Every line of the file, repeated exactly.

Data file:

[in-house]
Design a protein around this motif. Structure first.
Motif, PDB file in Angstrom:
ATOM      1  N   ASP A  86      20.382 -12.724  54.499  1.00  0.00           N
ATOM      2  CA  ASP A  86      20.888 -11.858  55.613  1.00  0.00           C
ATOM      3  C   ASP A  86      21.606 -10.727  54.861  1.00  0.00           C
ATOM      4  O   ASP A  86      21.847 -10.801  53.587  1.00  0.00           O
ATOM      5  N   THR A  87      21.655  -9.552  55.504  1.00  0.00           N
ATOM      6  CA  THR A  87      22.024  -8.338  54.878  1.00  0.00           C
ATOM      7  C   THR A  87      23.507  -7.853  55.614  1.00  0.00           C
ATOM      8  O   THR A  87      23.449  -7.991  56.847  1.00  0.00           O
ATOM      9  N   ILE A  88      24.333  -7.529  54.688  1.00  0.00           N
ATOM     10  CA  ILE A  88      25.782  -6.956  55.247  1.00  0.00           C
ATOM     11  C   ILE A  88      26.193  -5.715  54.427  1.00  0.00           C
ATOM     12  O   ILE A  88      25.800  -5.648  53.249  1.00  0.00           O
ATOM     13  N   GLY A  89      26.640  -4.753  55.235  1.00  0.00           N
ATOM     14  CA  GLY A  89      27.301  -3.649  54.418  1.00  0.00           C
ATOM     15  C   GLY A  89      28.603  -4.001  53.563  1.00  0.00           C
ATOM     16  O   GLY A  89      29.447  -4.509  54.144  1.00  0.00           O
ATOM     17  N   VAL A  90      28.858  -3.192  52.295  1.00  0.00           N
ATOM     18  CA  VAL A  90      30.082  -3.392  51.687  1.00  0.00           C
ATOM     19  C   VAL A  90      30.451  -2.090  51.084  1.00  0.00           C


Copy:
[in-house]
Design a protein around this motif. Structure first.
Motif, PDB file in Angstrom:
ATOM      1  N   ASP A  86      20.382 -12.724  54.499  1.00  0.00           N
ATOM      2  CA  ASP A  86      20.888 -11.858  55.613  1.00  0.00           C
ATOM      3  C   ASP A  86      21.606 -10.727  54.861  1.00  0.00           C
ATOM      4  O   ASP A  86      21.847 -10.801  53.587  1.00  0.00           O
ATOM      5  N   THR A  87      21.655  -9.552  55.504  1.00  0.00           N
ATOM      6  CA  THR A  87      22.024  -8.338  54.878  1.00  0.00           C
ATOM      7  C   THR A  87      23.507  -7.853  55.614  1.00  0.00           C
ATOM      8  O   THR A  87      23.449  -7.991  56.847  1.00  0.00           O
ATOM      9  N   ILE A  88      24.333  -7.529  54.688  1.00  0.00           N
ATOM     10  CA  ILE A  88      25.782  -6.956  55.247  1.00  0.00           C
ATOM     11  C   ILE A  88      26.193  -5.715  54.427  1.00  0.00           C
ATOM     12  O   ILE A  88      25.800  -5.648  53.249  1.00  0.00           O
ATOM     13  N   GLY A  89      26.640  -4.753  55.235  1.00  0.00           N
ATOM     14  CA  GLY A  89      27.301  -3.649  54.418  1.00  0.00           C
ATOM     15  C   GLY A  89      28.603  -4.001  53.563  1.00  0.00           C
ATOM     16  O   GLY A  89      29.447  -4.509  54.144  1.00  0.00           O
ATOM     17  N   VAL A  90      28.858  -3.192  52.295  1.00  0.00           N
ATOM     18  CA  VAL A  90      30.082  -3.392  51.687  1.00  0.00           C
ATOM     19  C   VAL A  90      30.451  -2.090  51.084  1.00  0.00           C